The Ilford name certainly echoes for those with a photographic memory, and now the Galerie brand name sits on a host of inkjet media, some fiber-based and quite a few RC-based products, the subjects of this review.
It must be said at the outset that any mention of RC-based papers usually makes printmakers head for the door. The bum rap RC gets is based on first impressions from 40 odd years ago, when it was quite clear that RC (Resin-Coated, plastic) base materials were poor relations used for convenience rather than quality. RC papers in the silver realm came a long way since their first introduction, and now Ilford claims that RC inkjet papers will do as well. While they have a fair amount of proper disclaimers about ink type and storage conditions, they state that when using pigment inks their RC surface papers will not undergo significant fading or discoloration in a range of from 30 to 100 years.
For years we have been working with the “traditional” Bayer sensor and its concomitant pluses and minuses, but we might soon see a change in the capture devices we have in our cameras. In this issue, Christopher Dack covers the recent work by Fujifilm, with a new filter pattern, Sigma’s Foveon sensor, and the elimination of the low-pass filter in Nikon’s coming D800E camera. As you’ll see, these moves challenge conventional thinking about the sensor we have become accustomed to in our cameras.
Ilford has relaunched their Galerie brand of inkjet papers, with one segment dubbed their “Prestige” brand. This is a first hands-on test of their Galerie Prestige Smooth High Gloss 215 gsm, based on pre-launch samples I was supplied.
In olden times printing papers were classed by weight, support (RC or fiber) grade (or VC, for variable contrast) and surface, and we’re beginning to see those classifications emerge again in the inkjet paper world, albeit in a different way than silver papers but nonetheless by weight and surface and support. If I were to classify this new Ilford Smooth High Gloss I’d call it a single weight, RC, and high gloss (Super F) "material", leaving grade aside of course as the contrast in digital is more determined by processing than paper grade.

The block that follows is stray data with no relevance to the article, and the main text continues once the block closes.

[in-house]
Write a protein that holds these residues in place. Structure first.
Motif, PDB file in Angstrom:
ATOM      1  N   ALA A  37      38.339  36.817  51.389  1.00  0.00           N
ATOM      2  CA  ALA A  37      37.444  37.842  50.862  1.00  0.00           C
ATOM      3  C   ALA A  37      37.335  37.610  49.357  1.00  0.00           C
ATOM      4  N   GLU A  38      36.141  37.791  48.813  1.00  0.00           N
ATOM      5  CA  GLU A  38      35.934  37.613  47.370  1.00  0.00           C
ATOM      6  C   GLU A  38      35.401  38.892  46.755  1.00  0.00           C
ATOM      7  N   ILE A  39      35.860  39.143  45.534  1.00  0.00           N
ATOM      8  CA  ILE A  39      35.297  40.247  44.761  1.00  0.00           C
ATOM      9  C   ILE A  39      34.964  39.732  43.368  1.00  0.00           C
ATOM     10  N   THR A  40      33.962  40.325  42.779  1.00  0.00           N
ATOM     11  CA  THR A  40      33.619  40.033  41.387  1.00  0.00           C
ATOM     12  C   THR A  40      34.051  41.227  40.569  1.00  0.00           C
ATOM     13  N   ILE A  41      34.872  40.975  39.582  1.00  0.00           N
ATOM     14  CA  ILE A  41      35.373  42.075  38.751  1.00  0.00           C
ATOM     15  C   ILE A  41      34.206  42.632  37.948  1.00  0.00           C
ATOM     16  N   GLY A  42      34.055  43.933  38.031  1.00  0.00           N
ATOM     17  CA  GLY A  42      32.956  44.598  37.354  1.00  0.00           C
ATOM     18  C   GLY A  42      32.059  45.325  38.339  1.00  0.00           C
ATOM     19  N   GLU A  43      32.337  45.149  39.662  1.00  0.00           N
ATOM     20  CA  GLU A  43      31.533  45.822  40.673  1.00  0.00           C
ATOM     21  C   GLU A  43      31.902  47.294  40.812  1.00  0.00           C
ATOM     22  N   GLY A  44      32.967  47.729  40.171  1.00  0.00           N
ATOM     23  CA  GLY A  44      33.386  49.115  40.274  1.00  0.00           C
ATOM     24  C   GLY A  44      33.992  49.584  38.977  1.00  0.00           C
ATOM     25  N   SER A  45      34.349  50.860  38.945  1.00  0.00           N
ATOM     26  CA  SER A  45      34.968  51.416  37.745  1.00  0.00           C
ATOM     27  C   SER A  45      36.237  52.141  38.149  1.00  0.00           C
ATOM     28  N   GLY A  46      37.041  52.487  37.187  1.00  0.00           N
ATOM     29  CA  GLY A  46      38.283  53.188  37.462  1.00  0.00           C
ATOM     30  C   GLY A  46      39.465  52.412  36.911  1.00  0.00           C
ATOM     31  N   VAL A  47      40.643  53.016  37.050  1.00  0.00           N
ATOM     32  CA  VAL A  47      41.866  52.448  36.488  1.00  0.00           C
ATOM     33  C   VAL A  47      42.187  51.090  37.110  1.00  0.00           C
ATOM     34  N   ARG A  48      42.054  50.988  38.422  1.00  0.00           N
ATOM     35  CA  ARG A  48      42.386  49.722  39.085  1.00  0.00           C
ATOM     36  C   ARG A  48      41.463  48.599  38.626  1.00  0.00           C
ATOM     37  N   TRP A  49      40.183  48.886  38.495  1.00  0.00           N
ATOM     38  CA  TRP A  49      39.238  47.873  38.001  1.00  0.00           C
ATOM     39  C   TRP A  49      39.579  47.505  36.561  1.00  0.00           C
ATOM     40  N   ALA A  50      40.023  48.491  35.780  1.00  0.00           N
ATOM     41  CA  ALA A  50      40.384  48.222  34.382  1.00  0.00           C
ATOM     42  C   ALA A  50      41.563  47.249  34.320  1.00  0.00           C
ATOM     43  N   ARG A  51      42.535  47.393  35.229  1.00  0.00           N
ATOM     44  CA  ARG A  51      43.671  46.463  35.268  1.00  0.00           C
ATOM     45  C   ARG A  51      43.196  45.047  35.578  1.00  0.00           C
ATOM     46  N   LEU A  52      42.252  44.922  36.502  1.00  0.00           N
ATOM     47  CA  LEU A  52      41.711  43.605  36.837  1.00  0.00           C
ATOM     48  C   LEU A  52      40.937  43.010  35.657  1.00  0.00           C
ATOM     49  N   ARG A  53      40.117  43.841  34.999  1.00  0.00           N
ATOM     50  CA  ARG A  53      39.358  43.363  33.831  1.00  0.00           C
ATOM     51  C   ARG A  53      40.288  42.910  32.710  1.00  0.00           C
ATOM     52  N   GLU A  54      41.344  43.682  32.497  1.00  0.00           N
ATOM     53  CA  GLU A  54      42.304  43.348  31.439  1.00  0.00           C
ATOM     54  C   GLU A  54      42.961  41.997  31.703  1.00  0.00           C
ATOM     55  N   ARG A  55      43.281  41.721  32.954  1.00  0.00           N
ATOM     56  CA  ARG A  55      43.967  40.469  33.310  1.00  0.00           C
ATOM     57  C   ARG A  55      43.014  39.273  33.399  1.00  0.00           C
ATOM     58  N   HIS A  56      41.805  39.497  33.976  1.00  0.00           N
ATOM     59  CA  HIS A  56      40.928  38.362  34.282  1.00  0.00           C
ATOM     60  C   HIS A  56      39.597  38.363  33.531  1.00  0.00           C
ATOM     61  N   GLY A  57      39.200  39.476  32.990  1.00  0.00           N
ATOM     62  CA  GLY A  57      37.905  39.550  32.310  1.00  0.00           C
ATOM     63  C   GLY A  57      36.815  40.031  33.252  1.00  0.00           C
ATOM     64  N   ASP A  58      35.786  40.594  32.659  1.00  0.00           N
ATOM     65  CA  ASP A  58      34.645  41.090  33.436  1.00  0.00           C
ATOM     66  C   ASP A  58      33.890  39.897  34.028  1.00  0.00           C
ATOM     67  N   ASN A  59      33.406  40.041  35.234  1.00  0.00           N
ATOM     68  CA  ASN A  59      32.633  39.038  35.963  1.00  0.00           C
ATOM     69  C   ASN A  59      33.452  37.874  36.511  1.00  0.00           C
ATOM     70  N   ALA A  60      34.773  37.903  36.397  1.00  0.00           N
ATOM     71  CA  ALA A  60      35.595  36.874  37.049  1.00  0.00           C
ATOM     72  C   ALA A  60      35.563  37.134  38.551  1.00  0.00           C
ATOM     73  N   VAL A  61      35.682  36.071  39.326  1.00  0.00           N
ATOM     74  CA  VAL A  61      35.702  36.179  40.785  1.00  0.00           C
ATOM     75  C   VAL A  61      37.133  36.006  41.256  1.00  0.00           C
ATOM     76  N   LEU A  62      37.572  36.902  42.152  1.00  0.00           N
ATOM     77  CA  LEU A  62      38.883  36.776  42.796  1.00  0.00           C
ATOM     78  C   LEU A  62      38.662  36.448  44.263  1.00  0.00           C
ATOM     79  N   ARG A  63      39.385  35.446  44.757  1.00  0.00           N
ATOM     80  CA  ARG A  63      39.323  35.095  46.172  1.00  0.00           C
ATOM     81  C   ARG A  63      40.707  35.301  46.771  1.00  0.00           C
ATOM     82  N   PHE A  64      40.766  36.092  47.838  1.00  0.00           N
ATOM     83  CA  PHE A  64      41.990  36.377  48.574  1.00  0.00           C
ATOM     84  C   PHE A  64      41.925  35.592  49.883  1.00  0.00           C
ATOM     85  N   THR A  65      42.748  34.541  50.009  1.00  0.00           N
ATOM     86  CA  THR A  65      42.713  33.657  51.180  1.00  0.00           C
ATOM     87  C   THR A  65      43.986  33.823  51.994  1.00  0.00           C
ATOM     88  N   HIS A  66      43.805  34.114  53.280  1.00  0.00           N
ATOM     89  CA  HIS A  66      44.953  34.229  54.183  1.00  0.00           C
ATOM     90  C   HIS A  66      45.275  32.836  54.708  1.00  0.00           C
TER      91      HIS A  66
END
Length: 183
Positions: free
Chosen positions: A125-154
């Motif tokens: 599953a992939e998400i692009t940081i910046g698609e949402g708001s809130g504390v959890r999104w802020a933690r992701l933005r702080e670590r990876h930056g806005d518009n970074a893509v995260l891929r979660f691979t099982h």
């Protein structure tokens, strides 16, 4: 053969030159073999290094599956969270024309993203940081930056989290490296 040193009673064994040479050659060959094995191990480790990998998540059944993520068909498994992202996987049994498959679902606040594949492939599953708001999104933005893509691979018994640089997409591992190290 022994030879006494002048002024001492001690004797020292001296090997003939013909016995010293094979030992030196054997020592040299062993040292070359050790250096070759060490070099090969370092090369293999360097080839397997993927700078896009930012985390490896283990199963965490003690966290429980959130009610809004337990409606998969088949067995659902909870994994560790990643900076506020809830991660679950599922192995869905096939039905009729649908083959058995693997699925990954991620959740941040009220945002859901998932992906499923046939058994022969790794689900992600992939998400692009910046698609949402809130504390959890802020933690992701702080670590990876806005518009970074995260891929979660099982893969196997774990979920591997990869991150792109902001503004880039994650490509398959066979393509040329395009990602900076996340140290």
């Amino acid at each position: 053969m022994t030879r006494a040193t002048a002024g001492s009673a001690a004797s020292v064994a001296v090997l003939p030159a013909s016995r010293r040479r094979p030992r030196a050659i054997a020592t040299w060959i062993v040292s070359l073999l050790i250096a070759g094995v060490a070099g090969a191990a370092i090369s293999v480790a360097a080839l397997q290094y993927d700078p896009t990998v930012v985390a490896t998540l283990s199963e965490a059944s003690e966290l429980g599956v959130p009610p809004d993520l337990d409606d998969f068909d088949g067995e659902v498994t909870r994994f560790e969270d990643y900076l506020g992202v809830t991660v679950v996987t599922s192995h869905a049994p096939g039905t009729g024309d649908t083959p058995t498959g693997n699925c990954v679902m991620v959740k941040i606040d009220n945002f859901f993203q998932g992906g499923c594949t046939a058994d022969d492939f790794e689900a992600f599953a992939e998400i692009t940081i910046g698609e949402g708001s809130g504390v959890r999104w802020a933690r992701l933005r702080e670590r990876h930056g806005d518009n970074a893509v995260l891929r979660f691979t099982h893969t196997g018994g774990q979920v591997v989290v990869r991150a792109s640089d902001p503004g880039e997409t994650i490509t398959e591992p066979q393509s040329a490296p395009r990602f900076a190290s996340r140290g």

Alien Skin’s Snap Art 3 ($199, or $99 for an upgrade from previous versions) is the latest manifestation of image-altering software that works atop the architecture of Photoshop and Lightroom, that is, a plug-in accessible through the Filters menu in Photoshop and for Lightroom as an external editor.
To launch Snap Art from an image in Lightroom you first select the image (or multiple images for batch processing), and select Photo>Edit In>Snap Art 3. You can also right click on the image and select Edit In>Snap Art 3. When Lightroom asks you how to edit the photo, the company recommends you choose “Edit a Copy with Lightroom Adjustments.” This will tell Lightroom to make a copy of the image for Snap Art. You can also check and uncheck the Stack command, depending on how you want to see the image in the Library—choose Stack and you can easily unstack the image later, or just have it sit side by side in the normal Library (unstacked) view.